Before he trudged off the field following his first interception of the season Sunday, Jay Cutler lowered his head in disgust and pointed to where Kevin White was supposed to be. With the index finger of right hand, the quarterback gestured toward the right sideline, throwing a invisible Frisbee.
It was captured by cameras, of course, as was a piercing glance on the sideline. Two days later, though, coach John Fox said his quarterback was not trying to show up his receiver, who sat down in a zone rather than run into the right flat.
“I can’t expect people not to show emotion,” Fox said Tuesday. “I don’t think any of that’s intentional. They’re just all competitors. They want good things to happen and when bad things happen, there’s probably an element of frustration with a lot of people.”
Four years ago, Cutler let that frustration turn him into a petulant child. Remember when he shoved tackle J’Marcus Webb in 2012? Or when he iced out Devin Hester when the returner struggled to grasp the intricacies of his routes as a receiver? Once he went to the Falcons, Hester said that if the two weren’t on the same page, Cutler didn’t talk to him about it; he merely didn’t throw him the ball.
This isn’t the same quarterback, though. The Bears are Cutler’s team now — it belonged to defensive veterans then — and he’s years removed from childish sideline antics.
He has the leverage of being correct. In White’s first-ever NFL game — following a West Virginia career running a simplified route tree and a year spent recovering from shin surgery — Cutler was administering some tough love.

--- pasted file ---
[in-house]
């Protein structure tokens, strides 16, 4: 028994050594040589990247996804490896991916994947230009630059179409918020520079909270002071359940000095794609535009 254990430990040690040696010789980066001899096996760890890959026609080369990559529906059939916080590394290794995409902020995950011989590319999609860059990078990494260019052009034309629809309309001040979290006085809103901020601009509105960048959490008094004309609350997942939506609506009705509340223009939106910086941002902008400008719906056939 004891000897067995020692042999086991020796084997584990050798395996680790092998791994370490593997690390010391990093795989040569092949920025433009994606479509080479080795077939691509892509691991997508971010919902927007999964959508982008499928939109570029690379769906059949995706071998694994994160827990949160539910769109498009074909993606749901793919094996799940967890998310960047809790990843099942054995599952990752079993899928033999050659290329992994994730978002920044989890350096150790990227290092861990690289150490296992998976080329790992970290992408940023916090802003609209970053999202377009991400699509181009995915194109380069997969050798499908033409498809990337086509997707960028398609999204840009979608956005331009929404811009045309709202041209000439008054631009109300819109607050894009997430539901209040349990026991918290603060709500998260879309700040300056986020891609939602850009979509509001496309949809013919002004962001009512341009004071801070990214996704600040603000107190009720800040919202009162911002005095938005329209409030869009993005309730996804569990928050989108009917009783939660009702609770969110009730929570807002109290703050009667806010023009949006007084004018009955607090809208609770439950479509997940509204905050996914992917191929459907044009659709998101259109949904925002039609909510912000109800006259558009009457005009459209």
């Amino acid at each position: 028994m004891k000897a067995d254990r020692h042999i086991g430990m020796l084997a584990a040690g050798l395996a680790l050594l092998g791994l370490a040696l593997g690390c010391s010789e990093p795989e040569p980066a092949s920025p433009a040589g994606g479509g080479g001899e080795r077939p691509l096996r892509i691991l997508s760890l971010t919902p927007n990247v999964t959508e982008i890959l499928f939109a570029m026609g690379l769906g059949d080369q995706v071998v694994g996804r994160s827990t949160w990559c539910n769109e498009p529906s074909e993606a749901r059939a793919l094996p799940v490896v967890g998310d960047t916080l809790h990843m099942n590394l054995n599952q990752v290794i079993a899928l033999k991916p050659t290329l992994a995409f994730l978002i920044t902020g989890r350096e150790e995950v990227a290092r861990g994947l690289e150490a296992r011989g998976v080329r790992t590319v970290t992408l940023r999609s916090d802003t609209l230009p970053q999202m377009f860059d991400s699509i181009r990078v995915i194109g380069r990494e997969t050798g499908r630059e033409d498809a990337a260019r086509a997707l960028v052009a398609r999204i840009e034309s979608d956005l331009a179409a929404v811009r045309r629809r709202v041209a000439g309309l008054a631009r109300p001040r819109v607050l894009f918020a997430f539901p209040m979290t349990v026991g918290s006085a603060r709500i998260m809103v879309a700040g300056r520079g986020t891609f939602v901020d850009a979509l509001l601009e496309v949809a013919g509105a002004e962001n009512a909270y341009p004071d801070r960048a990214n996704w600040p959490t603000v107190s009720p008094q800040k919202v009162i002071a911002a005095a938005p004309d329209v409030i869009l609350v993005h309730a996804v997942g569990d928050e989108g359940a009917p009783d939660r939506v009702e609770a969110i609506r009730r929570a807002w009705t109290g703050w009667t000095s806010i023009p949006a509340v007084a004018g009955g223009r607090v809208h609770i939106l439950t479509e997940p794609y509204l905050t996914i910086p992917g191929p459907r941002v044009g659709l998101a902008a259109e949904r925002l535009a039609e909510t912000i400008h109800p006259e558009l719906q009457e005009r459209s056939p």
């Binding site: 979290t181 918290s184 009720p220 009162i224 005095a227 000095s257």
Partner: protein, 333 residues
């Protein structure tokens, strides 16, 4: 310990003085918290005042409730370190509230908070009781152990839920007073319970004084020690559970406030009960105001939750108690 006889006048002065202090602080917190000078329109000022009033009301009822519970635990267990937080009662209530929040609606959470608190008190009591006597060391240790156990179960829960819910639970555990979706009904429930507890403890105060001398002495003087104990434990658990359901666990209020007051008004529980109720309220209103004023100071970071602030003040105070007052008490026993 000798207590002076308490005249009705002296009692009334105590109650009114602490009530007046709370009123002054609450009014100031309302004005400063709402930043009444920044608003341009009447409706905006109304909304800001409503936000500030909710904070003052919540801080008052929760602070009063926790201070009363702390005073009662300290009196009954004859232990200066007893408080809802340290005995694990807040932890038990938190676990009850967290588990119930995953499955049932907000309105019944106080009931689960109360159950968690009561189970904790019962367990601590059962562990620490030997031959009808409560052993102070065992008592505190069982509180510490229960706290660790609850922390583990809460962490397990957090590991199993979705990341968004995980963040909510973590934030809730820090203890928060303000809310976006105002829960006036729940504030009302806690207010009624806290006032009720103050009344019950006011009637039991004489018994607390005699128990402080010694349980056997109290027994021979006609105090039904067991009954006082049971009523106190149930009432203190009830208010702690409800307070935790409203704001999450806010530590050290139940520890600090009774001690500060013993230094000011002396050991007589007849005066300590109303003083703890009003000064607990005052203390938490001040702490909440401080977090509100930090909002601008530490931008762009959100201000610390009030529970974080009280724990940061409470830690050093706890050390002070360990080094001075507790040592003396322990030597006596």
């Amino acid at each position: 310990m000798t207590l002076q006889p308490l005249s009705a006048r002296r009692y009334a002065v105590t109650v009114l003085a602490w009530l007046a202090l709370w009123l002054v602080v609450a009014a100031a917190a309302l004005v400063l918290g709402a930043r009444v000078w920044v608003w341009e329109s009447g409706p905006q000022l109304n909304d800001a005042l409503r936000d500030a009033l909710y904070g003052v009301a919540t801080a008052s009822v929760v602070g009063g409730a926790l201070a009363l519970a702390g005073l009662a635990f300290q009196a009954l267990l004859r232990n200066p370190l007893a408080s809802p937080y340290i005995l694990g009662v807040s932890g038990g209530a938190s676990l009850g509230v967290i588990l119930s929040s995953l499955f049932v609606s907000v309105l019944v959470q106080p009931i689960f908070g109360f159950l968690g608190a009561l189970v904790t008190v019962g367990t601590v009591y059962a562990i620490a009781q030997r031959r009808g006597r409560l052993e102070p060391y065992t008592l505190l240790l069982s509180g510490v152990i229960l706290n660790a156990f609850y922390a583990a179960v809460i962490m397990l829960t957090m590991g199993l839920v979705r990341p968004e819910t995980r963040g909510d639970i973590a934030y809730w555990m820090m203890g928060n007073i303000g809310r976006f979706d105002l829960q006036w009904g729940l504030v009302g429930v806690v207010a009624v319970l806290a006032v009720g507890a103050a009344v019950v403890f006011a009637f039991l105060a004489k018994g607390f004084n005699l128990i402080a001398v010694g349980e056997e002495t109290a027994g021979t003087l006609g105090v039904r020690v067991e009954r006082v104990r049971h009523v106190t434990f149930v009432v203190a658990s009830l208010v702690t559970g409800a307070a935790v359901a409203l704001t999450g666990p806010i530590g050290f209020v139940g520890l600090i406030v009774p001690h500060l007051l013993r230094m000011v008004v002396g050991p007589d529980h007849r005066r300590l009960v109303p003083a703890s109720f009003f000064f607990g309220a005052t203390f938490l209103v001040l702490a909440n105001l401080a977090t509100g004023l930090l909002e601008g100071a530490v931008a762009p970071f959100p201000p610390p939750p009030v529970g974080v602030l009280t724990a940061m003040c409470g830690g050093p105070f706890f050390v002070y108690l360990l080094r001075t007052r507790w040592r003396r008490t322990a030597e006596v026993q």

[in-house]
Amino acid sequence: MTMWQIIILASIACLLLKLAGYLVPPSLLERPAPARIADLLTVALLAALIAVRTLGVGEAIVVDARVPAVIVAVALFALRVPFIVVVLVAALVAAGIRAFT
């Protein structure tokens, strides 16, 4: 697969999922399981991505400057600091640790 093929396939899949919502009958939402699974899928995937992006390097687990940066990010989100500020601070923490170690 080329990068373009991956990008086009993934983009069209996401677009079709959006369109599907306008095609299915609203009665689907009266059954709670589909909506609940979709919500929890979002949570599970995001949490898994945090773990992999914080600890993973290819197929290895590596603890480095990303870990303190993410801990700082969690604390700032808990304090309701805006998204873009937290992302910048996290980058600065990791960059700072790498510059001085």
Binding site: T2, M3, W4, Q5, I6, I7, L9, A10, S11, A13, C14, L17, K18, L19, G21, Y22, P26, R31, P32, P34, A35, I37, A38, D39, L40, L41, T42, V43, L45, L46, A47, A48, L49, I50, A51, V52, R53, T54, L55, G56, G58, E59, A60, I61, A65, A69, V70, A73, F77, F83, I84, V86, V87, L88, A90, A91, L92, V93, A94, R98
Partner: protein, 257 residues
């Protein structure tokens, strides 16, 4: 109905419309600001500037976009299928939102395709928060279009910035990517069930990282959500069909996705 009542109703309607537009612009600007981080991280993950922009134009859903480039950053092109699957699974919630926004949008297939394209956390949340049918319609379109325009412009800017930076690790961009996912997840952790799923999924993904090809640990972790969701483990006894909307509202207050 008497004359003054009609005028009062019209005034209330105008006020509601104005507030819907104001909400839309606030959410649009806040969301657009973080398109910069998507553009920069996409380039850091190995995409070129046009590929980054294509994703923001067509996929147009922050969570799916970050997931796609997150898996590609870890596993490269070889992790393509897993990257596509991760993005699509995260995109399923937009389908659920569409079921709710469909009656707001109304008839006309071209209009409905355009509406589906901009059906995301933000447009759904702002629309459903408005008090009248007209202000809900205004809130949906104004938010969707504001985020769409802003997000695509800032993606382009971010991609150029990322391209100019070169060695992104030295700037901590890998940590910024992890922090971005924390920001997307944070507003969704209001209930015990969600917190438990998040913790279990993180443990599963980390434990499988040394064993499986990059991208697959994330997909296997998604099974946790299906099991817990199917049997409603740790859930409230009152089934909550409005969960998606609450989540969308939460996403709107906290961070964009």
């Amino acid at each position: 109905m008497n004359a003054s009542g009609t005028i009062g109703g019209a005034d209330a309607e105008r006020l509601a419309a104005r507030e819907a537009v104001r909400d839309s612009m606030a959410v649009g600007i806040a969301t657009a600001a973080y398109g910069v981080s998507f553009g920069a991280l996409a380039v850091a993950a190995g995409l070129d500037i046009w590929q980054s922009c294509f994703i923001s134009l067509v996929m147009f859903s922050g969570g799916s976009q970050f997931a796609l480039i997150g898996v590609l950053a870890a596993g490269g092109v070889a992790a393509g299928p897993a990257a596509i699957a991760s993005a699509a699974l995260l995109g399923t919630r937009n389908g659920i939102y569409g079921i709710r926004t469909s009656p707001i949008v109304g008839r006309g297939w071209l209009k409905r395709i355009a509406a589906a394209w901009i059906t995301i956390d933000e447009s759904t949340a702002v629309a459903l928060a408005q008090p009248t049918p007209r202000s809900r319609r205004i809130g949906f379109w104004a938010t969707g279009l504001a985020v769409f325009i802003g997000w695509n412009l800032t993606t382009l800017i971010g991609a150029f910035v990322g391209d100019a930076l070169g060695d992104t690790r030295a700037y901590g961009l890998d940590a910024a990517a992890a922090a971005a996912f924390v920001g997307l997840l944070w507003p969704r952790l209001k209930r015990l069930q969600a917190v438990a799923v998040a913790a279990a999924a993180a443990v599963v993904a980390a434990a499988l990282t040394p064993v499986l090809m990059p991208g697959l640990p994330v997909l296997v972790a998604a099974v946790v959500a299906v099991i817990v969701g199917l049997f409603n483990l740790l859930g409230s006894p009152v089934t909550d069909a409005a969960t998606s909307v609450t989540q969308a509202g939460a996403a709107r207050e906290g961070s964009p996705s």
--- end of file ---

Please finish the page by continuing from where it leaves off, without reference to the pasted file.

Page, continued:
“I mean, I’ve seen that look a lot, especially as a younger player,” Eddie Royal, who played with Cutler as a Broncos rookie in 2008, said with a laugh. “It’s just how the game goes. And that’s just something that happens with every quarterback and receiver. It goes back and forth and that’s what you want. It’s a family.
“Sometimes the communication isn’t there — whatever it was on that play that didn’t happen. You just learn from it. You talk about it and you learn from it.”
Fox saw it that way, too, not as an affront to the Bears’ No. 7 overall pick, their highest selection in a decade.
“I’m kind of glad you didn’t see my reaction after that play,” Fox said.
Video from Sunday’s loss — of the route, not the quarterback’s reaction — “is a great teaching tool” for White and others, Fox said.
“I think it kind of slows things down, and hopefully they learn from both on a positive note and a thing they can get better from,” Fox said. “This league’s not about not making mistakes, because you make mistakes. You’re not ever 100 percent. But not making the same ones is key.”
Of course, White’s already done that. His imprecise route in the third exhibition game led to an incompletion. Cutler said then that he spoke with him on the sideline and just told him, ‘This is going to happen, and now you know — and now it can’t happen again.’”
What the Bears do now could define White’s early career. The team can’t afford for him to stop trusting White, no matter the mistake. But what if it’s human nature?
Asked what his sideline conversation with Cutler was like Sunday, White merely said that the Bears had to “watch it on film” and “get better.” He showed little interest in elaborating.
White said the hamstring injury that kept him limited in two practices was fine Sunday, but Fox admitted that “he’s been held back some” because of it.
“I think time heals,” Fox said. “And I think you’ll just see him get better and better.”
If he doesn’t, expect more gesticulating from Cutler.
He’ll have every right to.